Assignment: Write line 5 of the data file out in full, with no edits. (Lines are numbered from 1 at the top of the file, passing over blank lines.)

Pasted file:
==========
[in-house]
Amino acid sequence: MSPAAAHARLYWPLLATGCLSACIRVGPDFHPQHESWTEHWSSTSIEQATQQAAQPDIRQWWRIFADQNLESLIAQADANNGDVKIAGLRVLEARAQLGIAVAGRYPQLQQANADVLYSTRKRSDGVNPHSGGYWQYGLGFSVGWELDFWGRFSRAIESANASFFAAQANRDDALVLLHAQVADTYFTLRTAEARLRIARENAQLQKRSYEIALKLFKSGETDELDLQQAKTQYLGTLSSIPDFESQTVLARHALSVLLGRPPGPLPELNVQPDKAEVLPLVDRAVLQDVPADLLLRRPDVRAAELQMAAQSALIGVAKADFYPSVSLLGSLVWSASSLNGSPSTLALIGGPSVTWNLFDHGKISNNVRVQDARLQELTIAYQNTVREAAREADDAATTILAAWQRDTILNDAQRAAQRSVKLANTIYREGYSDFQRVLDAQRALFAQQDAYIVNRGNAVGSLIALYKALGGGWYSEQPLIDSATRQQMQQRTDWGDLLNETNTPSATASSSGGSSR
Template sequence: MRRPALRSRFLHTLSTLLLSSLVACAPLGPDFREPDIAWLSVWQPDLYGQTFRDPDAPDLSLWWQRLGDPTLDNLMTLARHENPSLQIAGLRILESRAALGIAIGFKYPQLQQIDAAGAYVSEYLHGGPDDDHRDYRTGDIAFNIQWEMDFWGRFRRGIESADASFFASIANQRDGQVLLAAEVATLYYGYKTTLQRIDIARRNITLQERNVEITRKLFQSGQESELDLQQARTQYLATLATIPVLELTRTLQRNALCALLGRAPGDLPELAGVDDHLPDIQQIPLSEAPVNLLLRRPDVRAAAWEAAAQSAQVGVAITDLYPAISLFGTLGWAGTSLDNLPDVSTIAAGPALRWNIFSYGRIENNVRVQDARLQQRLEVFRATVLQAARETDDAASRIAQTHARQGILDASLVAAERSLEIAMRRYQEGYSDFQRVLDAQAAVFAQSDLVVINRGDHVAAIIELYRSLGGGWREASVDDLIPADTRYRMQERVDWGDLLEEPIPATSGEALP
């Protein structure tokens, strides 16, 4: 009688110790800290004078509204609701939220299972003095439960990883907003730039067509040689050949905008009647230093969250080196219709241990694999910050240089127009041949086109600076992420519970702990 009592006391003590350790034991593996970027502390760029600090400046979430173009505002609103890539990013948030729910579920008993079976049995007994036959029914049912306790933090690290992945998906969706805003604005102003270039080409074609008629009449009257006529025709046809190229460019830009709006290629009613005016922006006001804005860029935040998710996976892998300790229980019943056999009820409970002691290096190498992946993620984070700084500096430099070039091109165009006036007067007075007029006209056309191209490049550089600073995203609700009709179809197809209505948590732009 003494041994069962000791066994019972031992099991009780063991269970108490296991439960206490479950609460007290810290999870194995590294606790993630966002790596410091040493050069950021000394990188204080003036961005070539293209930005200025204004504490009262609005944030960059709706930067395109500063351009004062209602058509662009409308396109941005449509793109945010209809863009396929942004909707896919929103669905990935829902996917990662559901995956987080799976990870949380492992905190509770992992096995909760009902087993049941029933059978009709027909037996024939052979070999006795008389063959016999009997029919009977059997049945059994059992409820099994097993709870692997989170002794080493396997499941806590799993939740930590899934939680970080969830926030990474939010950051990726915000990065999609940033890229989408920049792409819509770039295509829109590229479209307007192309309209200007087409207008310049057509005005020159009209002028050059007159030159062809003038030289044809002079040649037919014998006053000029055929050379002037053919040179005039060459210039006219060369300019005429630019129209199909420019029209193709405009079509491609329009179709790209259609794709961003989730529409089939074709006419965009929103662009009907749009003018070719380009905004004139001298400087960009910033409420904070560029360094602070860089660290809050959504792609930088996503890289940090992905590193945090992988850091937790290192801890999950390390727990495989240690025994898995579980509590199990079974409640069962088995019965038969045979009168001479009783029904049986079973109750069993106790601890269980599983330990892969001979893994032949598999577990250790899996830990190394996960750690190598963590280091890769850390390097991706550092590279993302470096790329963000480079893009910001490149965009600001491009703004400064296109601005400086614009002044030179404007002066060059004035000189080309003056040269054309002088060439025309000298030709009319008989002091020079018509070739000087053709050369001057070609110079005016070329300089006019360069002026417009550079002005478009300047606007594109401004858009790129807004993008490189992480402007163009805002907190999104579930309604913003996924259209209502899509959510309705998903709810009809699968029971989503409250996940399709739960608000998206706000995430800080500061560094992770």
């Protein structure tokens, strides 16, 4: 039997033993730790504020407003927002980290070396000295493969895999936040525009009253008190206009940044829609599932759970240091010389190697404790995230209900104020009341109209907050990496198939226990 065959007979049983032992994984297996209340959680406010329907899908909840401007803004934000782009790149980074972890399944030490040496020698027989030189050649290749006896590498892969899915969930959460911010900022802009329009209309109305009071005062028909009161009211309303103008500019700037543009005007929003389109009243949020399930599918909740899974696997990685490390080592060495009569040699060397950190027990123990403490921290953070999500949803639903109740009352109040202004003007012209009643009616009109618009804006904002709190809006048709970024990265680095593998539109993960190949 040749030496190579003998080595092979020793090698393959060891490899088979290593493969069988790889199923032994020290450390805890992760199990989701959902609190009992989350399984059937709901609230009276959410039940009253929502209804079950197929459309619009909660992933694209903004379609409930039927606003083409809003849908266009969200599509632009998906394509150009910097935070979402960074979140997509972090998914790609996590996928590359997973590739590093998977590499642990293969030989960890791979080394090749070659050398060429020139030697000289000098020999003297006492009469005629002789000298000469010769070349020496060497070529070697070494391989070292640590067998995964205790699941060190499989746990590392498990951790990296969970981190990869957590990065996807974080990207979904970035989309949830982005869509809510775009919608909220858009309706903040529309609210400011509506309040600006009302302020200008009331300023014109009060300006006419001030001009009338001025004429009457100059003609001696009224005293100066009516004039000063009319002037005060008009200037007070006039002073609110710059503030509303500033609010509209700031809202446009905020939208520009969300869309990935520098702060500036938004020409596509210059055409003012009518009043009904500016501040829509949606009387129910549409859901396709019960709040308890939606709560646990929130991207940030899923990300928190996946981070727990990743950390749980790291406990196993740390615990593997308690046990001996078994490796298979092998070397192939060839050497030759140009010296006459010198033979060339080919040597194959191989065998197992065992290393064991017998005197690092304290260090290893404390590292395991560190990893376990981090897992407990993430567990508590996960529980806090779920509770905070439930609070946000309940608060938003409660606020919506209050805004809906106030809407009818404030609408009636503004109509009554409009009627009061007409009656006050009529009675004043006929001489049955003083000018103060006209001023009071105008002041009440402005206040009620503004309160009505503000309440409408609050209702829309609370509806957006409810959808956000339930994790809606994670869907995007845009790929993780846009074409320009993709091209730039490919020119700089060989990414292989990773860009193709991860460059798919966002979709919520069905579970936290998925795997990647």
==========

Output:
């Protein structure tokens, strides 16, 4: 039997033993730790504020407003927002980290070396000295493969895999936040525009009253008190206009940044829609599932759970240091010389190697404790995230209900104020009341109209907050990496198939226990 065959007979049983032992994984297996209340959680406010329907899908909840401007803004934000782009790149980074972890399944030490040496020698027989030189050649290749006896590498892969899915969930959460911010900022802009329009209309109305009071005062028909009161009211309303103008500019700037543009005007929003389109009243949020399930599918909740899974696997990685490390080592060495009569040699060397950190027990123990403490921290953070999500949803639903109740009352109040202004003007012209009643009616009109618009804006904002709190809006048709970024990265680095593998539109993960190949 040749030496190579003998080595092979020793090698393959060891490899088979290593493969069988790889199923032994020290450390805890992760199990989701959902609190009992989350399984059937709901609230009276959410039940009253929502209804079950197929459309619009909660992933694209903004379609409930039927606003083409809003849908266009969200599509632009998906394509150009910097935070979402960074979140997509972090998914790609996590996928590359997973590739590093998977590499642990293969030989960890791979080394090749070659050398060429020139030697000289000098020999003297006492009469005629002789000298000469010769070349020496060497070529070697070494391989070292640590067998995964205790699941060190499989746990590392498990951790990296969970981190990869957590990065996807974080990207979904970035989309949830982005869509809510775009919608909220858009309706903040529309609210400011509506309040600006009302302020200008009331300023014109009060300006006419001030001009009338001025004429009457100059003609001696009224005293100066009516004039000063009319002037005060008009200037007070006039002073609110710059503030509303500033609010509209700031809202446009905020939208520009969300869309990935520098702060500036938004020409596509210059055409003012009518009043009904500016501040829509949606009387129910549409859901396709019960709040308890939606709560646990929130991207940030899923990300928190996946981070727990990743950390749980790291406990196993740390615990593997308690046990001996078994490796298979092998070397192939060839050497030759140009010296006459010198033979060339080919040597194959191989065998197992065992290393064991017998005197690092304290260090290893404390590292395991560190990893376990981090897992407990993430567990508590996960529980806090779920509770905070439930609070946000309940608060938003409660606020919506209050805004809906106030809407009818404030609408009636503004109509009554409009009627009061007409009656006050009529009675004043006929001489049955003083000018103060006209001023009071105008002041009440402005206040009620503004309160009505503000309440409408609050209702829309609370509806957006409810959808956000339930994790809606994670869907995007845009790929993780846009074409320009993709091209730039490919020119700089060989990414292989990773860009193709991860460059798919966002979709919520069905579970936290998925795997990647």